Government awards £37m to biomass and hydrogen innovation projects

The government has awarded £37m in funding to projects that can increase UK production of sustainable biomass feedstocks and hydrogen, as it looks to accelerate the development of two sectors that could play a critical role in the net zero transition.

In an announcement yesterday the Department for Business, Energy, and Industrial Strategy (BEIS) revealed that 12 projects are receiving £32m under Phase 2 of the Biomass Feedstocks Innovation Program, while a further 22 projects have been awarded a share of £5m of funding as part of the Hydrogen BECCS (biomass energy with carbon capture and storage) Programme.

“Accelerating home-grown renewables like biomass is a key part of ending our dependency on expensive and volatile fossil fuels,” said Energy Minister Greg Hands. “This £37m of government investment will support innovation across the UK, boosting jobs whilst ensuring greater energy security for years to come.”

The use of biomass feedstocks to generate energy or produce fuels remains controversial in some quarters, with critics arguing that soaring demand for land to produce the energy crops or wood chips used by biomass and biofuel firms can lead to increased emissions.

However, the government maintains that sustainable biomass feedstocks can be harnessed to deliver significant net reductions in emissions, while the Climate Change Committee (CCC) has indicated that it sees some forms of biomass playing a role in the net zero transition.

As such, the Biomass Feedstocks Innovation Program aims to support projects that can identify and scale up new forms of sustainable biomass feedstocks. Phase 2 of the program is set to support projects that can be developed from the design stage into working prototypes. BEIS said the chosen projects would then be used to showcase new and innovative methods of growing sustainable biomass materials, which can be used to produce low-carbon energy.

One of the projects to receive funding includes an Aberystwyth University-led program dubbed ‘Miscanspeed’, which aims to explore methods for accelerating the breeding of high-yielding, resilient miscanthus grass varieties that are well-suited for biomass use.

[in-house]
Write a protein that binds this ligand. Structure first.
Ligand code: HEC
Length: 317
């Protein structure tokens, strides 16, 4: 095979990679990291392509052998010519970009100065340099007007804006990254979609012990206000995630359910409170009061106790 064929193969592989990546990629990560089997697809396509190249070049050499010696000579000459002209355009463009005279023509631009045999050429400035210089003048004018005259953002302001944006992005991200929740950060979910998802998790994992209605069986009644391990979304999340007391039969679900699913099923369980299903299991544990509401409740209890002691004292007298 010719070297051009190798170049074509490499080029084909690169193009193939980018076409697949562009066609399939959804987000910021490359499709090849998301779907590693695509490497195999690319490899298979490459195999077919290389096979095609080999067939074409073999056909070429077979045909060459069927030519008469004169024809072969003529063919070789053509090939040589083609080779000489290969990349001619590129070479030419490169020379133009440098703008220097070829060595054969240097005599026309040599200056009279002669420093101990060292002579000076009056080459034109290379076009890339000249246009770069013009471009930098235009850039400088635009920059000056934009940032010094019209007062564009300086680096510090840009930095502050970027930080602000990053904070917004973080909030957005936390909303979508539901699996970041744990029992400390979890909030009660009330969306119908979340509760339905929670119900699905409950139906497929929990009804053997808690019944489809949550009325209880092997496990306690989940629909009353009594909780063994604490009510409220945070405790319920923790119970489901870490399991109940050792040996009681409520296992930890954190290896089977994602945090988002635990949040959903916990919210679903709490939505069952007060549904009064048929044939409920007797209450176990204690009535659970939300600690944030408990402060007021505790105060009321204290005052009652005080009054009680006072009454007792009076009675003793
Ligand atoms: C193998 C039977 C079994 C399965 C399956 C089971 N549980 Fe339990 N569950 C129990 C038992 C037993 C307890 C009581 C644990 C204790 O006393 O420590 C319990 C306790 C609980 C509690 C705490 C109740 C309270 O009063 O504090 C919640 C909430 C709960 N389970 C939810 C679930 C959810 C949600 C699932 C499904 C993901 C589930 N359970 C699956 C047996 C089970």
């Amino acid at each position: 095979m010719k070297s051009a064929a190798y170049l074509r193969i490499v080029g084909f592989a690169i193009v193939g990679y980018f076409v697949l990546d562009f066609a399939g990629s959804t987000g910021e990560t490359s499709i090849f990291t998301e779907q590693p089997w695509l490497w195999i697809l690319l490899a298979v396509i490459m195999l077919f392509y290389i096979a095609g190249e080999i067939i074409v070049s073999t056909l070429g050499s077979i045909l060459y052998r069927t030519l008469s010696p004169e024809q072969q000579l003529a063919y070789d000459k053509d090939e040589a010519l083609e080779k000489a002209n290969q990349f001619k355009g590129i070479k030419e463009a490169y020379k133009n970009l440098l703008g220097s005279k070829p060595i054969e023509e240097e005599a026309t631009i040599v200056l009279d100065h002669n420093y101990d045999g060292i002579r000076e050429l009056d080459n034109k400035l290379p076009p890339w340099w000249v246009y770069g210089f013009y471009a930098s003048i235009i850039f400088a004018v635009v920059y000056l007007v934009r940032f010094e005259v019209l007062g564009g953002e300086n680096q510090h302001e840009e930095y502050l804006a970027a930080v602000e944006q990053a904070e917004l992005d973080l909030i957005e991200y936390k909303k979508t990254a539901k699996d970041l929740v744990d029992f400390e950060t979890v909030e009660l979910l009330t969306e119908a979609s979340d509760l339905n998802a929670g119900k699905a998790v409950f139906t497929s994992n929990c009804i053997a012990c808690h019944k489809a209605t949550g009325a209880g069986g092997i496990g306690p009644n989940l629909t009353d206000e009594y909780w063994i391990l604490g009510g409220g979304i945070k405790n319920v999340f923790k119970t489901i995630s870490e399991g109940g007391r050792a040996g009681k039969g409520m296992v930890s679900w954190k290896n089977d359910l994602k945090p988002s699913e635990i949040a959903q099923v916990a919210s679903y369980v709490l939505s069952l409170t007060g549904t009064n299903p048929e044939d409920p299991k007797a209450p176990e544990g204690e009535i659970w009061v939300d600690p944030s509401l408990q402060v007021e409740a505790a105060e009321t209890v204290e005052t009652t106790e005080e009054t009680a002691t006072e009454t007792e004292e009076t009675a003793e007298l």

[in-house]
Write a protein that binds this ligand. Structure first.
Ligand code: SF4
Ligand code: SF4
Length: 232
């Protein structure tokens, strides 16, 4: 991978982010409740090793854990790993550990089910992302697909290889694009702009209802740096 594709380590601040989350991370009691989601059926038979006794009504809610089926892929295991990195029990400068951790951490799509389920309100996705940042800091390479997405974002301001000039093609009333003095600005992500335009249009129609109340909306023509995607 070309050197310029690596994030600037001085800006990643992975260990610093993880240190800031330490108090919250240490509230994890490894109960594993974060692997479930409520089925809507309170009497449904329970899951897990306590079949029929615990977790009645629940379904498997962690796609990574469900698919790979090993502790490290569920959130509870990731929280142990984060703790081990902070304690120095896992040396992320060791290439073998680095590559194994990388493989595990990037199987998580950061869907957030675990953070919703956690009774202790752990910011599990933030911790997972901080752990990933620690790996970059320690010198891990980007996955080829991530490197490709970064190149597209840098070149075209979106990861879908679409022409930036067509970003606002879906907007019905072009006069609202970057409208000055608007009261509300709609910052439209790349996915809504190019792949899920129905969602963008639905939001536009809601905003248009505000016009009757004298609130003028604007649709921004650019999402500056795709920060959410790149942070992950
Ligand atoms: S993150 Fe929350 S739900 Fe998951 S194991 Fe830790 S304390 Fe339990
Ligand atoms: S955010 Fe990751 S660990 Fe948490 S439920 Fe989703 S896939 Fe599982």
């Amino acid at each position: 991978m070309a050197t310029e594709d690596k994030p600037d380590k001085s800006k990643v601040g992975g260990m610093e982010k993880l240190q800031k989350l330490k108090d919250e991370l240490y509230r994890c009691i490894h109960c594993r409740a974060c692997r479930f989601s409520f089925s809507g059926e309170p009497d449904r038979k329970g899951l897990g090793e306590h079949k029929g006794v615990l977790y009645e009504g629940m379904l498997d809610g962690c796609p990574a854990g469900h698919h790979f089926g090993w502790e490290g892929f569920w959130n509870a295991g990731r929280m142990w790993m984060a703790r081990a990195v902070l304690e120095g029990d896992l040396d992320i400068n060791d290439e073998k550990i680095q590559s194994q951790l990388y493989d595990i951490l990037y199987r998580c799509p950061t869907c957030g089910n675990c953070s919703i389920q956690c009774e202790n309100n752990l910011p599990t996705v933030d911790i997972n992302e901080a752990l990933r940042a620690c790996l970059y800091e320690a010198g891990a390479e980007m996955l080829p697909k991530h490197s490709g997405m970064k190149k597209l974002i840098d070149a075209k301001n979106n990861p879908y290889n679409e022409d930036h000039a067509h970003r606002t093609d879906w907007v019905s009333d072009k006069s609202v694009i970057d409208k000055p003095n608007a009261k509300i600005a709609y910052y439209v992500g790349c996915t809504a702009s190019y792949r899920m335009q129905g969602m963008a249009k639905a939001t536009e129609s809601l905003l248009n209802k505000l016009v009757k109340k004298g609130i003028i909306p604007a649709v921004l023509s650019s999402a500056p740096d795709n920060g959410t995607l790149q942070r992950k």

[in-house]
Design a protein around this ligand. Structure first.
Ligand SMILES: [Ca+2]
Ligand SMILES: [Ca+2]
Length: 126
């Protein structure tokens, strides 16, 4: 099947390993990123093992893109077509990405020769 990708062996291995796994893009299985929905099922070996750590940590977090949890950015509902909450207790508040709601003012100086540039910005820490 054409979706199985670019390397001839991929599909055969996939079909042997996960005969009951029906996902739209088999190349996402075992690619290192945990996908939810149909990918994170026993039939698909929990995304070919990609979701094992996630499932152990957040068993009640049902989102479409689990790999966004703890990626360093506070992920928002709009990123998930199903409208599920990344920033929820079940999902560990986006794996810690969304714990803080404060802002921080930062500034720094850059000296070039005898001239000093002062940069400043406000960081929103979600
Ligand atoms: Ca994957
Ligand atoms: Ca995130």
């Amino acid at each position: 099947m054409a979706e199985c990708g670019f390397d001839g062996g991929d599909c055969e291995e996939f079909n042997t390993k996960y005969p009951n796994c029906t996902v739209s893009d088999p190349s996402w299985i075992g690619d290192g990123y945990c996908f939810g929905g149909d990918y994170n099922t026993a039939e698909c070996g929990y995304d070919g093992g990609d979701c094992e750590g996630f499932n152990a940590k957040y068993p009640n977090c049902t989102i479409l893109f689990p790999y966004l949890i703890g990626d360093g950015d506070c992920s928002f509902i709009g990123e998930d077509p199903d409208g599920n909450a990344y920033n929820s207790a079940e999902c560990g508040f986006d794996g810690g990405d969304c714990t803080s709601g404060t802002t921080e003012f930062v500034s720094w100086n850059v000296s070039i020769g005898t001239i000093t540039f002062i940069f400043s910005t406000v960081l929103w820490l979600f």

Meanwhile, SeaGrown Limited in Scarborough is to receive harvest more than £2.8m to develop new techniques to farm and seaweed off the North Yorkshire coast for use as a biomass feedstock.

In addition, BEIS yesterday confirmed it is to award £5m in funding to support innovation in low carbon hydrogen technologies through its Hydrogen BECCS Innovation Programme.

The government said the funding would support organizations working on projects which can produce hydrogen from biogenic feedstocks that are combined with carbon capture capabilities to ensure minimal greenhouse gas emissions.

The £5m of funding is available through Phase 1 of the programme, which will provide up to £250,000 per project for scoping and development work.

The Hydrogen BECCS Innovation Program forms part of the BEIS £1bn Net Zero Innovation Portfolio, which it said aims to accelerate the commercialization of innovative clean energy technologies and processes through the 2020s and 2030s.

During Phase 1 of the programme, 22 organizations have been awarded, including start-ups and small-and-medium-sized enterprises.

Funding will be used to support the development of project proposals aimed at delivering commercially viable innovative hydrogen BECCS technology solutions across three main categories.

These include feedstock pre-processing, which features the development of low cost, energy and efficient material technologies which will optimize biogenic feedstocks for use in advanced gasification technologies. The development of advanced gasification technology components focusing on improving syngas quality and upgrading for generation of hydrogen are also being explored. And the development of novel biohydrogen technologies, such as dark fermentation, anaerobic digestion, and waste-water treatment, which can be combined with carbon capture.

Projects which received part of the £5m funding package included a University of Hull led project dubbed ‘Project Bluegen’, which explores the production of bio-refinery waste through the conversion of lignocellulosic biomass.

“This government backing for innovation in biomass production will help support the government’s plans to scale up and accelerate clean, renewable energy in the UK, to protect the UK’s domestic energy security,” BEIS said. Supporting trailblazing hydrogen BECCS technology will help further the government’s ambition to see hydrogen as the clean super-fuel of the future, while also encouraging green investment into the UK and supporting the creation of new jobs.”


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